None are carrying too much food, as most expeditions aren't that long in duration, but the food they are carrying seemed to be on the heavy-side - Wayfarers and the like.

Some of the DofE leaders I met were highly experienced and their groups were the ones who seemed to be in the best shape.

I remember when my own son did his Gold DofE expedition in the western Highlands - his group were very well prepared and their kit choices were exemplary. The only criticism I would have made was that their tents were heavier than I would have liked to have carried.

I thing the DofE is an excellent scheme - remember, it's not just about the outdoors - it includes community service as well - and with the dwindling numbers in the Scout movement it's becoming more important than ever.

Sir Hugh said...

JJ and all. My post related to SOME DofE groups I have encountered and was not intended as a total generalisation, and it was written slightly tongue in cheek. I have the highest regard for the whole concept and operation of the organisation, but there is always room for improvement in any enterprise, and as JJ points out some of the problems are caused by retailers marketing unsuitable equipment labelled as appropriate for the D of E purpose.
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Alan R. - I had not heard of Arc'teryx before, but having Googled I realise they are perhaps the most expensive suppliers out there.
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The Crow - That makes me feel a bit guilty. A big problem in recent times is the emergence of our Health and Safety at Work legislation which makes demands beyond all reason and common sense, and also the increasing possibility of legal liability which has spread here from your side of the Atlantic, (please don't take that personally).
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gimmer - I agree with and relate to your comments. I must re-read the BP book again, "priceless" indeed.
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Alan S. I agree with your comments which are obviously based on more detailed knowledge than mine, and I confirm that on the whole my own observations have been similar to yours, but I have seen sights as I described in the post, and I am sure that there will be variation from groups to groups, even though I understand there is fixed training of leaders and instructors. I do know about the other aspects - my daughter, who is a teacher was quite involved at one time. She only got as far as her Silver award in her youth.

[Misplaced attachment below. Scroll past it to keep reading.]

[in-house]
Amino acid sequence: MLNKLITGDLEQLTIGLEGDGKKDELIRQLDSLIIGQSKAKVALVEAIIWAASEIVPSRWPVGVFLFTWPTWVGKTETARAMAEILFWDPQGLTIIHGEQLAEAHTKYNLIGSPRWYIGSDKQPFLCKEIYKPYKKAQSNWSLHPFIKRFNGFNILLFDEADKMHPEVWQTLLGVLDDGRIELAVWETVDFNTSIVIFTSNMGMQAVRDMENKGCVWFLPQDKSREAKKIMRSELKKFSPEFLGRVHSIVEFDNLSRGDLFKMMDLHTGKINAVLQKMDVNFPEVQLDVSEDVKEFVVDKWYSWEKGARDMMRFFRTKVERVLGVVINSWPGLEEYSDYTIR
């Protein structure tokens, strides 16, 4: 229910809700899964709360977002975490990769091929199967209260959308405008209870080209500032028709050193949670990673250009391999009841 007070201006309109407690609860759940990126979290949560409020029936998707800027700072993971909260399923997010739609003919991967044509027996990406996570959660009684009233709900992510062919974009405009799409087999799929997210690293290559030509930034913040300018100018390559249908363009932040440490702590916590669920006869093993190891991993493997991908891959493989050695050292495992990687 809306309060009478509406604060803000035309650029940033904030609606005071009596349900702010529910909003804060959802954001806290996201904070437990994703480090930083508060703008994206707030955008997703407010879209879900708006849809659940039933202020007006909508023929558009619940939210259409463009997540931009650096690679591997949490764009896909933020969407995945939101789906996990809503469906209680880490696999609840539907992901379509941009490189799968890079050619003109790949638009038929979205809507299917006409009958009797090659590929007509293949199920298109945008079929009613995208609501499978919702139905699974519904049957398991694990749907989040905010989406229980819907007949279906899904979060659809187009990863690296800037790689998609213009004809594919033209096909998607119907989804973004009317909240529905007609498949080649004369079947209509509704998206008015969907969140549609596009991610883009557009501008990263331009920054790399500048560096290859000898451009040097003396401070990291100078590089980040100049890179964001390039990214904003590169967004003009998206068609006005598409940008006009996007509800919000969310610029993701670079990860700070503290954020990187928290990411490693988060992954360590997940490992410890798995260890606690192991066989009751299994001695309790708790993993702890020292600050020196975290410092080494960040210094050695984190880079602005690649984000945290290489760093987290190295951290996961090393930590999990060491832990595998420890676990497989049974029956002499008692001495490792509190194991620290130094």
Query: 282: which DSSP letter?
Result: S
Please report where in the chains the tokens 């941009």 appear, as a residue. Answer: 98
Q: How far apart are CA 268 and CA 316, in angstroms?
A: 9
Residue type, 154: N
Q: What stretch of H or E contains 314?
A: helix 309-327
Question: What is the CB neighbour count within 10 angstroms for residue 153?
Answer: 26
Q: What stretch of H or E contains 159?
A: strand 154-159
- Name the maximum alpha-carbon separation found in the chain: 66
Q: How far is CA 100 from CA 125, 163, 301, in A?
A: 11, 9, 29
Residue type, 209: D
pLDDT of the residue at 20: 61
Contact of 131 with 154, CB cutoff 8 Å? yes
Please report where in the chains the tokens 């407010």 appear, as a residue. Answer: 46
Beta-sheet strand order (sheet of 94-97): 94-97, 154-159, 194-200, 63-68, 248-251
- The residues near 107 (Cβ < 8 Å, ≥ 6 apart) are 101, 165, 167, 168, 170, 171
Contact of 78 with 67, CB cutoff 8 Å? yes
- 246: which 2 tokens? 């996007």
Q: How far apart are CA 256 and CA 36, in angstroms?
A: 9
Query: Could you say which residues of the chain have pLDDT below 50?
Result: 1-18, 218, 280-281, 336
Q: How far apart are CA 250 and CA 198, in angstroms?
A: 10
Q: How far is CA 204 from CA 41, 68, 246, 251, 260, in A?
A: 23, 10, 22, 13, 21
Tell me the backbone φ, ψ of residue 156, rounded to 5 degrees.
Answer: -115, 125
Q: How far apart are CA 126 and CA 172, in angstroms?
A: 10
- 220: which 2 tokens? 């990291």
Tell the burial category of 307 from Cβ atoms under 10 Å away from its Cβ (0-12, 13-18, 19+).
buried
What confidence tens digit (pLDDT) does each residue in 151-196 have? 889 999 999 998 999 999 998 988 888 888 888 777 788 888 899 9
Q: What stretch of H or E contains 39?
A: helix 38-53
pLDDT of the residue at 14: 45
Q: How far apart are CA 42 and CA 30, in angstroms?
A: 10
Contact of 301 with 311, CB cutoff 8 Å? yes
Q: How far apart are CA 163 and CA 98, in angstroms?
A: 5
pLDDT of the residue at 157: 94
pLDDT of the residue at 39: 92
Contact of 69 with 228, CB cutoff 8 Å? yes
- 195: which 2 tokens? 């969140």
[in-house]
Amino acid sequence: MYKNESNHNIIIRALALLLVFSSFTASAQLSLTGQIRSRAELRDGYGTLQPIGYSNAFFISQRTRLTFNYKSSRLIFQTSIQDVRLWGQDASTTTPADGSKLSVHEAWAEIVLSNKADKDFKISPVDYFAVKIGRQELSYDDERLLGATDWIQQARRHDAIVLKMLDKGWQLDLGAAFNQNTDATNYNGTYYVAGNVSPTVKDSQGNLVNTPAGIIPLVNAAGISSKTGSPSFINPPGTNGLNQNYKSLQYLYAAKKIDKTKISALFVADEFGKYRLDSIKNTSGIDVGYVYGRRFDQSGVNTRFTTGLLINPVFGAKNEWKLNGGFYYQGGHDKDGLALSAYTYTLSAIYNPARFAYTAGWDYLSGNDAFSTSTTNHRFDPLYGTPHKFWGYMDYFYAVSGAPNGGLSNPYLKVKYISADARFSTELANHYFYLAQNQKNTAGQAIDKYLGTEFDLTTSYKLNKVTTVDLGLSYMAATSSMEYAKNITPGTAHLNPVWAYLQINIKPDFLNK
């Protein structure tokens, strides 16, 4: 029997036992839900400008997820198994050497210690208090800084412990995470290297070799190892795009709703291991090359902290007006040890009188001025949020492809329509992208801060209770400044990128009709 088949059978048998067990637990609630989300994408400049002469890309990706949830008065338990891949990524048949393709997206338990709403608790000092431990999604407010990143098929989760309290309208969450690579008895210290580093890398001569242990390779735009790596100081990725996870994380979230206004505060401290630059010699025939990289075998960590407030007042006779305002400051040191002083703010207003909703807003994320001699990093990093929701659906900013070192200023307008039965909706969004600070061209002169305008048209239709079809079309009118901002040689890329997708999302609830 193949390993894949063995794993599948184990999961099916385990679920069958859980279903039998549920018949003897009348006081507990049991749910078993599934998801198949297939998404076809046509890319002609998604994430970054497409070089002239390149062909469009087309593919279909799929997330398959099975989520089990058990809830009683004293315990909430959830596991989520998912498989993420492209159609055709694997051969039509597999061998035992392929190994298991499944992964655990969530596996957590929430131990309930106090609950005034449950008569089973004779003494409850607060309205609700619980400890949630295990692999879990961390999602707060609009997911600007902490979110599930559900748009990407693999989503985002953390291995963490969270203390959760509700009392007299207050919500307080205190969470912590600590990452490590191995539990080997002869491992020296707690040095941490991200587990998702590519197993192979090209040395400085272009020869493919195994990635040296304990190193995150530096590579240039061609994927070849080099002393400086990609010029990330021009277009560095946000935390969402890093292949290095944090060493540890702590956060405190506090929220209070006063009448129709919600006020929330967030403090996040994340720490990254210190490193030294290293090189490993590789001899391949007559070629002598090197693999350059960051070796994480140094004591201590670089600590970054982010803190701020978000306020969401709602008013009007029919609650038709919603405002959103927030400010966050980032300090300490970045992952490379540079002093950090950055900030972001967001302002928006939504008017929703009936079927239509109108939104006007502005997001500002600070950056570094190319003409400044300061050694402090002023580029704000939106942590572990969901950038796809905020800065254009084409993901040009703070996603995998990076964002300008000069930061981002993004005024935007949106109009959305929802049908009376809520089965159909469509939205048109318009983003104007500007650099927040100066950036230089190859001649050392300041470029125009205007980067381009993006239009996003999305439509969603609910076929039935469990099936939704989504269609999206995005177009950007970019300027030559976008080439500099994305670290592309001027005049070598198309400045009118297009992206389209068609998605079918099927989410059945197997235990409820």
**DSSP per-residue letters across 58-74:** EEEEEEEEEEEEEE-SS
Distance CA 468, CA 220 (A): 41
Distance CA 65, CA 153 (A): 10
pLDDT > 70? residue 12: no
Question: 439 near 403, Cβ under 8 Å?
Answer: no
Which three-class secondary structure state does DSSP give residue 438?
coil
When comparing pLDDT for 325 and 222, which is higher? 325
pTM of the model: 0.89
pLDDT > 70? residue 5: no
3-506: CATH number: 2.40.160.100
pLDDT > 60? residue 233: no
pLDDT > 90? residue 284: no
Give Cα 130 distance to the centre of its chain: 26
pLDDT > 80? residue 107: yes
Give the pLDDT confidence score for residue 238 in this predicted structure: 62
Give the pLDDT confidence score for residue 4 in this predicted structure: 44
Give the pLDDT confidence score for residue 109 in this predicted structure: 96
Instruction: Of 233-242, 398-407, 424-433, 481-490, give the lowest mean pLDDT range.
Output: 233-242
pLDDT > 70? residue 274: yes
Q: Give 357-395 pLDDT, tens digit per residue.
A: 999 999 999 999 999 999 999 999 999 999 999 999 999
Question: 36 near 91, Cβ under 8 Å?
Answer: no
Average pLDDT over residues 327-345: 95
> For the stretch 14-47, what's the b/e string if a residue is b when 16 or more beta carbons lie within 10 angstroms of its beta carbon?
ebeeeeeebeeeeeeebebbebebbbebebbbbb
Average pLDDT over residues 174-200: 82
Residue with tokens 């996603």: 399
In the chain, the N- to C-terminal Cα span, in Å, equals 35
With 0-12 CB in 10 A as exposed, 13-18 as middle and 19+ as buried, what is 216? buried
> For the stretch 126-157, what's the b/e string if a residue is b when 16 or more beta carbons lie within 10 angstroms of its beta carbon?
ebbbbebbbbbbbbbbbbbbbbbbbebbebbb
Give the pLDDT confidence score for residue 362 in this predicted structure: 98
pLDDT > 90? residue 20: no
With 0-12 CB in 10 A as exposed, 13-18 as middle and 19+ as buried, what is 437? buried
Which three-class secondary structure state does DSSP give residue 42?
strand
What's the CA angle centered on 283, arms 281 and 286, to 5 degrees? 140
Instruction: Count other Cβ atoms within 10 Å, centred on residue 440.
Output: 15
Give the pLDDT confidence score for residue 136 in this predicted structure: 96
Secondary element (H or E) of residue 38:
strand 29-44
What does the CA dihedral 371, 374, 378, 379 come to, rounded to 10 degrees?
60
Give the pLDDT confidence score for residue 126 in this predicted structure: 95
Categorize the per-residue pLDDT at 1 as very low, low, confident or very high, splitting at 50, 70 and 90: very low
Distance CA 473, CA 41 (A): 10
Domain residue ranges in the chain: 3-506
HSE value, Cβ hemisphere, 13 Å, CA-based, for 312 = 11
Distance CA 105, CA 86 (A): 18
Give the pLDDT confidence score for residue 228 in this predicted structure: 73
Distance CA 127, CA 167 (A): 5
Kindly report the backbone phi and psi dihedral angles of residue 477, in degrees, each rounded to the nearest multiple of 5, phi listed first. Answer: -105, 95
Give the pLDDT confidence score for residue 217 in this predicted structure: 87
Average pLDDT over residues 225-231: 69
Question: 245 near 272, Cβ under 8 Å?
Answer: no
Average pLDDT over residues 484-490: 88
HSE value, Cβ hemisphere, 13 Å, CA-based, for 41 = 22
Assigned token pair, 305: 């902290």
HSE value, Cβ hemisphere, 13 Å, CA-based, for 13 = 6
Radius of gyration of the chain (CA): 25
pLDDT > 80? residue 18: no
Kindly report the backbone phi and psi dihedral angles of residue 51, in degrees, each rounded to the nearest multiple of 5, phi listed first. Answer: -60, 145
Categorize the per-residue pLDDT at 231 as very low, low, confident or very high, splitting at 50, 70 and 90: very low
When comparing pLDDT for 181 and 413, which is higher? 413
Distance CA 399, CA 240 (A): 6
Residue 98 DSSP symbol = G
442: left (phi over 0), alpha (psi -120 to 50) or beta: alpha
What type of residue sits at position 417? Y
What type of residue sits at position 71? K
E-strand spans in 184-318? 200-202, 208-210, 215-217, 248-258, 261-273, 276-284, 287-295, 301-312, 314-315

John J said...

The Crow: funny you should make your comment: me and a small group from the Backpackers Club Cheshire Section are trying to put together a facility that will introduce interested newcomers to backpacking without having to make significant financial outlay.

The grand plan is to gather some reasonable gear together and allow The Interested to use it on a couple of trips under the eye / guidance of a more experienced person.

Gear donations will no doubt very welcome when the scheme is nearer fruition.

As to the quality of DoEers, I've found nearly all of them to be pleasant and enthusiastic. I've no problem with them one bit....but I do pity them sometimes, particularly when I see them struggling with their often enormous packs, in crap weather etc. More power to them. I always try to chat to them when I see them and they're invariably very keen to tell me of their expedition. Magic stuff!

Anonymous said...

I do not know where you have got your dwindling Scout Association numbers from. As the membership is at a high with a long waiting list. (Shortage of Leaders).

Sir Hugh said...

JJ - Let me know if you take that plan further. I may have some stuff to pass on.
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Anonymous - Thanks for that. I think my comment about liability and Health and Safety is relevant. I had a rewarding time in the Scouts which gave me the foundations for self reliance and decent behaviour. I'm glad to hear that the organisation is thriving despite the lack of leaders.

Alan Sloman said...